Of inestimable value to me, both as a source of pure enjoyment and as a considerable fount of spiritual and practical enlightenment, has been my lifelong close association with ministers of the Gospel. With preachers. With gifted preachers. With preachers so moved by the Holy Ghost that a snippet of scripture, once only cold, dry markings, illuminates into such revelation that in the strike of a gleaming moment Truth is unveiled. Imagery. Imagery of such clarity as are raven words on glinting screen, and more so, for somehow the story is told, and its back-story is understood, the precept, the principle.
Now while I admit to these certain advantages, I’m quite convinced it does not require living around preachers to understand and appreciate imagery and its power. Thus, I was shocked to hear the recent words of President Obama when on Monday he delivered the following at the Rhode Island Convention Center in Providence, R.I. According to the Associated Press he said,
“…Now that progress has been made, we can’t have special interests sitting shotgun. We gotta have middle class families up in front. We don’t mind the Republicans joining us. They can come for the ride, but they gotta sit in back.”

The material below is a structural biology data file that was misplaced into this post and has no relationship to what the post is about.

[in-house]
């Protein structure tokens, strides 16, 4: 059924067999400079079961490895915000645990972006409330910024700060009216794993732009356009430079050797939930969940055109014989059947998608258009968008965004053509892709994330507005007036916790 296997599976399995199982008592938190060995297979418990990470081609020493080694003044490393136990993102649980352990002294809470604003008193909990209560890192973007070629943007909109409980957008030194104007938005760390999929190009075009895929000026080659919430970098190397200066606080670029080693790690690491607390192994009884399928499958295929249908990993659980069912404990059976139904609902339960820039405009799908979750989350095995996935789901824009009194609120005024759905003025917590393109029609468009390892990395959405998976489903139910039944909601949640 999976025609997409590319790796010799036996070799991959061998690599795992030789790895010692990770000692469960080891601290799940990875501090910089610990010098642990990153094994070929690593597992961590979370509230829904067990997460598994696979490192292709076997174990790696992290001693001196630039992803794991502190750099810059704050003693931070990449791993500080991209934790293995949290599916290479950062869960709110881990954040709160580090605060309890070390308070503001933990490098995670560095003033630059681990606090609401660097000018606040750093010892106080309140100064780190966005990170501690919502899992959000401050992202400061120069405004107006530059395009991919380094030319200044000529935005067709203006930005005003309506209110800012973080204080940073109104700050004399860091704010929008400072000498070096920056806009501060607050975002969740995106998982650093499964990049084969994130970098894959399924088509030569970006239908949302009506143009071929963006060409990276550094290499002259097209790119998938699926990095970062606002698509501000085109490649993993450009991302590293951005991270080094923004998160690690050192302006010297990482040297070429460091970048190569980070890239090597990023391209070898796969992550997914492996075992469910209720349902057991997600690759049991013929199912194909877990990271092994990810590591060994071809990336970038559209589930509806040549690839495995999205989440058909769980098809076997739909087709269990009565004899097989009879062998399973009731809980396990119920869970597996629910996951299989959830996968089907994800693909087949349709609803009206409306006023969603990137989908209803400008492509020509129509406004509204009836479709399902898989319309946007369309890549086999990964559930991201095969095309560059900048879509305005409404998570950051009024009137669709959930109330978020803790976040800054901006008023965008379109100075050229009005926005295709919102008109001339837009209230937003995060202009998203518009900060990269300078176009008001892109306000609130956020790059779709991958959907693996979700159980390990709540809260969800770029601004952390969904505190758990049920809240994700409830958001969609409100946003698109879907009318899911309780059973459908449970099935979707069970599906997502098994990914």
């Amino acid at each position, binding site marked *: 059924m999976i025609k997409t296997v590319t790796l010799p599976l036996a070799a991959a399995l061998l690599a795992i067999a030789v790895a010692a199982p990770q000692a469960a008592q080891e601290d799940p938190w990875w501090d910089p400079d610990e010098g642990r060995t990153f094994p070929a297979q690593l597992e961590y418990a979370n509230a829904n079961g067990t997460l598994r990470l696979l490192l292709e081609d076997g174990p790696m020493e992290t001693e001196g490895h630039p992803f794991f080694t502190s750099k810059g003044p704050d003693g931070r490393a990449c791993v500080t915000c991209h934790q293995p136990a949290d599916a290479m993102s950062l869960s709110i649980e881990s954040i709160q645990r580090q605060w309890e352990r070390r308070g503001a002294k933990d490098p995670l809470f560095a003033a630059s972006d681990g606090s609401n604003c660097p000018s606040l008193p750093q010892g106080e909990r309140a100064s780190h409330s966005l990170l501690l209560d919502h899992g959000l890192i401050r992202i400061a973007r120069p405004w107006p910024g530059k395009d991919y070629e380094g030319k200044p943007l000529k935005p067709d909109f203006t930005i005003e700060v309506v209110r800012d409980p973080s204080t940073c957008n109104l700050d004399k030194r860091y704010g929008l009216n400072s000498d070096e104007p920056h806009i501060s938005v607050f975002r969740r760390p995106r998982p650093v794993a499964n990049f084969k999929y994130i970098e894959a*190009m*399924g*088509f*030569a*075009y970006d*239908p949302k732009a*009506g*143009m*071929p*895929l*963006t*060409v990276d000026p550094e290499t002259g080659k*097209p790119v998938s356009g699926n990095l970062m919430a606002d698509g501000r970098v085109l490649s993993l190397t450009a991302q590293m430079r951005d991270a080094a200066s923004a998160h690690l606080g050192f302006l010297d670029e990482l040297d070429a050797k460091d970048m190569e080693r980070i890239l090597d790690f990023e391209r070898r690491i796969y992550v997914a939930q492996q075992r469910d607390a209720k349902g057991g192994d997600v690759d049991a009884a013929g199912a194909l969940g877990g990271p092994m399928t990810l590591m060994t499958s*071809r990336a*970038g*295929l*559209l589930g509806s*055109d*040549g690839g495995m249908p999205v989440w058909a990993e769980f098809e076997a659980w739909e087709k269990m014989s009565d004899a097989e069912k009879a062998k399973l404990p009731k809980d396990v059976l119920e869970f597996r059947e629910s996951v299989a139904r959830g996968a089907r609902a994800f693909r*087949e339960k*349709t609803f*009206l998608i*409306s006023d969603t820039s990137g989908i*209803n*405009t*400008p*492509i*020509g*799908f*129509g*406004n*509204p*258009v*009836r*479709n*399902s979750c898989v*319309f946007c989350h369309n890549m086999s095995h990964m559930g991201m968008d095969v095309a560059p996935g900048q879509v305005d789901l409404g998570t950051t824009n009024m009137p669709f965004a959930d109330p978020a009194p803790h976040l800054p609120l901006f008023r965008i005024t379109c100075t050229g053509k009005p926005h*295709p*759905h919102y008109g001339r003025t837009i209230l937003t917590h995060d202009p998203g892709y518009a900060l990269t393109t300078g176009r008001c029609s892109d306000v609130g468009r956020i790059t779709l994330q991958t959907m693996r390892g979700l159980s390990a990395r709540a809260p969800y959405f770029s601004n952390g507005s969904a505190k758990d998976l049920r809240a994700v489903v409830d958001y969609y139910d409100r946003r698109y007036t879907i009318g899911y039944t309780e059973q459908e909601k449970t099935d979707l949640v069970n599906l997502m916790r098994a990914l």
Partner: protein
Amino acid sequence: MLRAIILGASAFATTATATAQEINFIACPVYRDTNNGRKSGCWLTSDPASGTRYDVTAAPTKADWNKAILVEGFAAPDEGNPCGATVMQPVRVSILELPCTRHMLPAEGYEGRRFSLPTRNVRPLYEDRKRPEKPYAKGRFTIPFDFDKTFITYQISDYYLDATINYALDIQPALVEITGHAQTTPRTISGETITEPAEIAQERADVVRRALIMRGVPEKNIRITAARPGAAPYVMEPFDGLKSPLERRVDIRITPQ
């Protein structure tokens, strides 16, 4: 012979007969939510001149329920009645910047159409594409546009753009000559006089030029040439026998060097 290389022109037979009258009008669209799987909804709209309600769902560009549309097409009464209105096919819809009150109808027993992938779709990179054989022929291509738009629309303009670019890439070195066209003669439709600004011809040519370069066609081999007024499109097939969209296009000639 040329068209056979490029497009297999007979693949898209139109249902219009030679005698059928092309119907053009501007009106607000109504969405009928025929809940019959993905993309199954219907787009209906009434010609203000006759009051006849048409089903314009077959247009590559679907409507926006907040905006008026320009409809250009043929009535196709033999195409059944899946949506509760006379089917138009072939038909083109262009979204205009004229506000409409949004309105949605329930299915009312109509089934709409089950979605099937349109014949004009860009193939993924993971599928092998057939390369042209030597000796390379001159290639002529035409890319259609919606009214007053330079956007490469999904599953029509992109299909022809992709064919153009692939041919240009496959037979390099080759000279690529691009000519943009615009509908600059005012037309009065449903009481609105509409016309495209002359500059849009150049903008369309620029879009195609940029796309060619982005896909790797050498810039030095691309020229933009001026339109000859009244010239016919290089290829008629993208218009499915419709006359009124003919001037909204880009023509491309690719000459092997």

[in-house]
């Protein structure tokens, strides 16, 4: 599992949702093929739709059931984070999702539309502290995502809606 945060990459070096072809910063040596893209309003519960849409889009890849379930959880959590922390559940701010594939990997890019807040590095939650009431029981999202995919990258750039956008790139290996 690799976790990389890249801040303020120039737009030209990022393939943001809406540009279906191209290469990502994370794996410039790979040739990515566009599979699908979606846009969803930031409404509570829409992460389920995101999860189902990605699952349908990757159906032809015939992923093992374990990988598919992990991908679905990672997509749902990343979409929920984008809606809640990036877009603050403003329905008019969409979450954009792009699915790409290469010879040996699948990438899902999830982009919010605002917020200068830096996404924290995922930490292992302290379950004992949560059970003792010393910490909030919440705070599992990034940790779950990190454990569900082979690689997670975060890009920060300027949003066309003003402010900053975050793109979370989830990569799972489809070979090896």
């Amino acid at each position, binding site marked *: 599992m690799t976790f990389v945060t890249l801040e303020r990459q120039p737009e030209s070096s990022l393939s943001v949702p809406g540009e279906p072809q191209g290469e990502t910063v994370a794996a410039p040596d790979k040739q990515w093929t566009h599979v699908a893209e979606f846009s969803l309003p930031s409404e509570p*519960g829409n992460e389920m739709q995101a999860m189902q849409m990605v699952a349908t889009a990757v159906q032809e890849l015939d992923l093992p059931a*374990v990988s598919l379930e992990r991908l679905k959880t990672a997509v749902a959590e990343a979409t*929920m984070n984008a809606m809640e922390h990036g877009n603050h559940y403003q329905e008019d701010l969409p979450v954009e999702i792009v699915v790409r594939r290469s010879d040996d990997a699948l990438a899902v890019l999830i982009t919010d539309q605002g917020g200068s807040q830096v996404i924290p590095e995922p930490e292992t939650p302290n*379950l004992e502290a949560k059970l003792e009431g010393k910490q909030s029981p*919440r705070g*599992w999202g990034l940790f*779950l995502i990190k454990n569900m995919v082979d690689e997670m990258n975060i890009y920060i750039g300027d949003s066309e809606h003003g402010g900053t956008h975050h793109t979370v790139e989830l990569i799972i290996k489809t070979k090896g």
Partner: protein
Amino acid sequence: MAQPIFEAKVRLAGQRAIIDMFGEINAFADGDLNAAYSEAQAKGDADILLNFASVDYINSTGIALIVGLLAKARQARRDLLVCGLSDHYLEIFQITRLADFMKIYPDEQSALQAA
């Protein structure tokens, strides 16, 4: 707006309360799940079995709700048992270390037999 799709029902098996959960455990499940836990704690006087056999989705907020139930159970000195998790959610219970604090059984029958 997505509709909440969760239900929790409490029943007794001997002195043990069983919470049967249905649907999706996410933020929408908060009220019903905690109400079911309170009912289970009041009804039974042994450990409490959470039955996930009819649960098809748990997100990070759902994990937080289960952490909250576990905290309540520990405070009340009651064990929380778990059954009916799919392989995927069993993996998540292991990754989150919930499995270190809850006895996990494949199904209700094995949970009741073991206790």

It is shocking that President Obama, our first African-American president, would make such an obvious reference to that
dismal period of our history when black people were required to sit in the back of the bus. It is shameful. It is regrettable. It is a slap in the face of Rosa Parks
, who that December day in 1955 changed the course of American history. When told to move to the back of the bus, she said in essence, “Not today.”
We need leaders of other ilk than that recently demonstrated. We need leaders who will rise above pettiness and smallness. We need leaders in every branch of government and in every party who will forever cast aside the garments of racism and all its disgracefulness and malignant thought. We NEED LEADERS. We need eagles.
Eagles have always been representative of high calibre leaders. They don’t flock like geese but rather fly solo. While this may rob them of the ability to draft from each other, it provides them with some crucial advantages that are essential for vision development, maintenance, and casting. Here are two:
One, an eagle and a turkey react very differently to the threat of a storm. A turkey runs under the barn, hoping the storm won’t come near. The eagle, on the other hand, leaves the security of its nest and spreads its wings to ride the air currents of the approaching storm, knowing they will carry it higher than it could soar on its own.
Two, when an eagle is attacked by a pack of crows it doesn’t fight back. All it does is simply fly higher and higher, knowing that pretty soon the crows won’t be able to fly any higher. The eagle plays smart rather than lose its sensibility in the mindless games of small-thinking crows.
Of imagery. Of eagles and crows. Of buses and cars. The back. Of Rosa Parks, resolute and unflinching. Of courageous and soaring leadership.